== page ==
Meanwhile, drivers entering the Alameda from side streets may find themselves queuing more often.
With the new timing, a passage uninterrupted by crossing pedestrians or slow traffic would allow a platoon of vehicles traveling at the speed limit to see four green lights, said Lisa Ekers, the road operations manager for the San Mateo County Public Works Division.
"Things have to resettle as the drivers relearn their timing and speed," Ms. Ekers said. "People will eventually learn the pace that gets them through all the greens."
The impact, so far, on cut-through traffic? "None whatsoever," said Mike Maletic, a Cloud Avenue resident who represents the Val Avy Group, a loose collection of about 40 households between Valparaiso and Avy avenues who complained to the county.
"We're never been really sold on the idea that improving the flow on Alameda would solve our problem," he added.
Asked to comment, Ms. Ekers replied that people's views may differ and that she has heard the opposite, that traffic is down on Altschul and Cloud.
Give it six months, she added. Public works will evaluate traffic volume and speeds then and make adjustments as necessary.
Discontent with the new timing is evident at La Entrada middle school on Sharon Road a fifth of a mile west of the Alameda.
PTA member Kristin Smith, in a recent letter to Supervisor Rich Gordon (reprinted in the Dec. 5 Almanac), described vehicle queues backed up to the school while waiting for the light to change; pedestrians, including children, crossing against red lights; and impatient drivers giving up and driving through extended red lights when the Alameda is empty.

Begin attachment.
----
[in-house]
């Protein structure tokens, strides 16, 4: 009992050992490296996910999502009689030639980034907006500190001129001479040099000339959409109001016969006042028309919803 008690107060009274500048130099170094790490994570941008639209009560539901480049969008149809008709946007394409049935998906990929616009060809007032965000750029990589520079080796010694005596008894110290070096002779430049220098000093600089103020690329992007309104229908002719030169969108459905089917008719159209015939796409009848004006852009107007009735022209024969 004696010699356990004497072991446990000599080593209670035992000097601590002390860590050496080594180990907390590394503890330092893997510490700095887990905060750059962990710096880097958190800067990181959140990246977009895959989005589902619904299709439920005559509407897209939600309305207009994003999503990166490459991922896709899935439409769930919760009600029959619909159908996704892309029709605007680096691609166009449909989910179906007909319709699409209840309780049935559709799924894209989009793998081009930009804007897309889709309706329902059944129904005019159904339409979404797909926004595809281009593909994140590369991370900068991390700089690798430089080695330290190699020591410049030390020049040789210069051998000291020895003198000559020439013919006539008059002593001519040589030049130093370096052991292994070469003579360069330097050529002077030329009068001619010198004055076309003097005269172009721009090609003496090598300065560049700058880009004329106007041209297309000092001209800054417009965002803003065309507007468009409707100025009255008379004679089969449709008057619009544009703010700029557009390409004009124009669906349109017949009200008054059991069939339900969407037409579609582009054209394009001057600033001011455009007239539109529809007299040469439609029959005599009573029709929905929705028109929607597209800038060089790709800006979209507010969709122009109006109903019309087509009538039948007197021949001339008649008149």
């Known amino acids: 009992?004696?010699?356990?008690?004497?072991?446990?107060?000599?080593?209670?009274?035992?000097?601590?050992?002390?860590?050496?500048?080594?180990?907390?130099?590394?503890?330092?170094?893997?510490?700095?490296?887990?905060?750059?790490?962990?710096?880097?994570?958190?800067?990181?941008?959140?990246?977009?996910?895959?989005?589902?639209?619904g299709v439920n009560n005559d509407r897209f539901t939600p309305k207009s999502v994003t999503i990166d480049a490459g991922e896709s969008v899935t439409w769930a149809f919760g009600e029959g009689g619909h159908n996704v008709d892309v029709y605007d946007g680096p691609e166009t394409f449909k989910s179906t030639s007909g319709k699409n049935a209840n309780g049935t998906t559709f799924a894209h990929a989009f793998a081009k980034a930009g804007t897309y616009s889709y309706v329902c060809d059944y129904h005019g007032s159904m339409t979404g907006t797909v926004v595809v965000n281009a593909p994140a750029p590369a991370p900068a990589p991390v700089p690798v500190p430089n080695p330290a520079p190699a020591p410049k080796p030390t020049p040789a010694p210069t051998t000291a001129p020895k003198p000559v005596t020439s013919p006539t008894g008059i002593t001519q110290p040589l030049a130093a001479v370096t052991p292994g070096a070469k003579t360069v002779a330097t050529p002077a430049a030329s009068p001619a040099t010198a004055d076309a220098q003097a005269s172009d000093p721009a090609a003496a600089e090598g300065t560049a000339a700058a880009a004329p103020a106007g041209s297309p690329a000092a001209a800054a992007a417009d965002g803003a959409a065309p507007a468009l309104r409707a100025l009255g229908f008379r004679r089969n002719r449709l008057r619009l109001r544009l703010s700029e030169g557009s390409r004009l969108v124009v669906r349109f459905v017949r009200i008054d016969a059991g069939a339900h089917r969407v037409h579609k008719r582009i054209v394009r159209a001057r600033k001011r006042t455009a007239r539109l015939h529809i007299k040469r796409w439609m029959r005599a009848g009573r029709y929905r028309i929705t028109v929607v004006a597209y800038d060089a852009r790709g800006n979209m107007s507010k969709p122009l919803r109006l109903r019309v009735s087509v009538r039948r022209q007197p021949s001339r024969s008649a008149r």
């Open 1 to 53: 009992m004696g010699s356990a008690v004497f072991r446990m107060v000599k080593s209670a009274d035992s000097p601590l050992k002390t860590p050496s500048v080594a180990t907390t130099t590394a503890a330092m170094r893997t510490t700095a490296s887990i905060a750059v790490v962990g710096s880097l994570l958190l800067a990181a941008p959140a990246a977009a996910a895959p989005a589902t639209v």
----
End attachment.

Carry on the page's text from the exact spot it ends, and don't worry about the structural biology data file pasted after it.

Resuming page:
"My biggest concern is for the students trying to get to school," she said. "My son has seen students crossing the Alameda on red lights, and I have seen many pedestrians cross on red lights since the timing was changed."
Assistant Principal Pattie Dullea said the school continually advises students to cross the street safely. The morning vehicle queues on Sharon Road are complicating student drop-offs, including for the buses, she said.
In her letter, Ms. Smith asks Mr. Gordon to change the timing back to what it was before.
Mr. Gordon, in an interview, described the matter as a cost-benefit analysis seeking the greatest good for the greatest number of people. "We will try to fully understand what is the impact on Sharon (Road) and if there is any way to tweak that to make it better," he said.
Cloud Avenue, by Mr. Maletic's back-of-the-envelope calculations, should have 200 trips a day but endures 1,400 according to a county estimate, he said.
Inappropriate speed and belligerence from cut-through drivers is a common problem, he said. He sometimes cruises his street at 18 to 20 mph to set an example, but drivers try to pass him. "I feel we have the right to have neighborhood traffic, not 35 to 40 mph traffic," he said. "We really want a safe place for our kids to be in the street without being hit."
The 3-foot-high plastic yellow and green men sticking their warning flags into traffic have been tried, but they are stolen or run down, he said, adding: "I'd need to have about 15,000 of those."
Some commuters even avoid traffic counters. He said he has seen people drive up onto his lawn or even turn around to avoid tripping one.
Ideally, the residents would like their roads closed to commuters or maybe made into one-way streets, but "we're not really sure which way," he said.
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